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Title: Bakla  
Author: World Heritage Encyclopedia
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Subject: Same gender loving, Heteroflexibility, Kinsey scale, Non-heterosexual, Tamsin Wilton
Collection: Gender in the Philippines, Lgbt in the Philippines, Philippine Culture, Third Gender
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In the Philippines, a baklâ (pronounced ) or bayot (Cebuano) is a male person who is exclusively attracted to men. Baklâ are often considered a third gender.[1] Many, but not all, baklas have feminine mannerisms and dress as women. Some actually self-identify as women.

Bakla are socially and economically integrated into Filipino society. The stereotype of a baklâ is a parlorista–a flamboyant, camp cross-dresser who works in a beauty salon.[2] Some Filipinos disapprove of baklas, usually on religious grounds or related social reasons.


  • Etymology 1
  • Gender 2
  • Culture 3
    • Beauty pageants 3.1
    • Swardspeak 3.2
  • Legal status 4
  • Social status 5
    • Religion 5.1
  • See also 6
  • References 7


In modern Filipino, the term means either “effeminate man” or “homosexual”,[3] but the word itself has been used for centuries albeit in different context. Tagalog poet Francisco Balagtas used the word "bacla" in reference to "a temporary lack of resolve", as seen in his popular works Florante at Laura and Orosman at Zafira.[4] There is also a passage in the religious epic poem "Casaysayan nang Pasiong Mahal ni Jesucristong Panginoon Natin na Sucat Ipag-alab nang Puso nang Sinomang Babasa" (The History of the Passion of Jesus Christ Our Lord that Surely Shall Ignite the Heart of Whosoever Readeth), which is often read during Holy Week, that says "Si Cristo'y nabacla" (Christ was confused, referring to the Agony in the Garden). During Balagtas' time, when the Philippines was colonized by Spain, gay men were called "binabae" or "bayogin".[5] Meanwhile, pre-World War II Tagalog refers to bakla as "fearful" or "weakened".[4]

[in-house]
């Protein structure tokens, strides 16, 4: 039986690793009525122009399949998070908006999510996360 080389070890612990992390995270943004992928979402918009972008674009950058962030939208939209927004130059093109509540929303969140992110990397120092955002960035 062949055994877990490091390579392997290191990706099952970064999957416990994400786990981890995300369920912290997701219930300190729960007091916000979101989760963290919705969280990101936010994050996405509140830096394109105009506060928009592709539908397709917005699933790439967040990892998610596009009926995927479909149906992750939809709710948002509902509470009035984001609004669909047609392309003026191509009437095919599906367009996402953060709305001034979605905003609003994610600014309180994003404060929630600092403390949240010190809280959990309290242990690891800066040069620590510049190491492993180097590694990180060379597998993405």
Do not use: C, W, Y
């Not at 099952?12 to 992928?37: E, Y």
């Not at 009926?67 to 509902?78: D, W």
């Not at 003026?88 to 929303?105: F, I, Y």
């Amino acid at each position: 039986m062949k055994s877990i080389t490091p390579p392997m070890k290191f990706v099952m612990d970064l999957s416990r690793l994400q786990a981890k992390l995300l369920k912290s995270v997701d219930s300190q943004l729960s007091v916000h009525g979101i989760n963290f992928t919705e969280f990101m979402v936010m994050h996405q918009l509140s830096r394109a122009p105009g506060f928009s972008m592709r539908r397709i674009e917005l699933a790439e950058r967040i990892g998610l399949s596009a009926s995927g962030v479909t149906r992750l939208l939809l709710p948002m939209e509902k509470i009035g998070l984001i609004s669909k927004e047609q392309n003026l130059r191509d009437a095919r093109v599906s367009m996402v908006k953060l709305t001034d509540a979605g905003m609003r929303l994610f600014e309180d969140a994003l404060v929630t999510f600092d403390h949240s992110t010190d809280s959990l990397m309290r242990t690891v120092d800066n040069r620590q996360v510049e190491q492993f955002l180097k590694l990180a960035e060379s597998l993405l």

It has often been mistaken that baklas was derived from the ancient Baybayin script used to write Tagalog until the 16th century, where the characters "ba" and "la" are said to represent the words for "female" and "male" (babae and lalaki in modern orthography), respectively.

Among the wide range of colloquial terms for "gay" are listed below according to root, as the lexicon of swardspeak (the local gay argot) is prone to rapid change:


Bakla generally dress and act like women Alvergel Nakila, grow their hair long, having breast implants, taking hormone pills and make other changes to look more feminine. Some go so far as to undergo sex reassignment surgery, but this is uncommon.[4]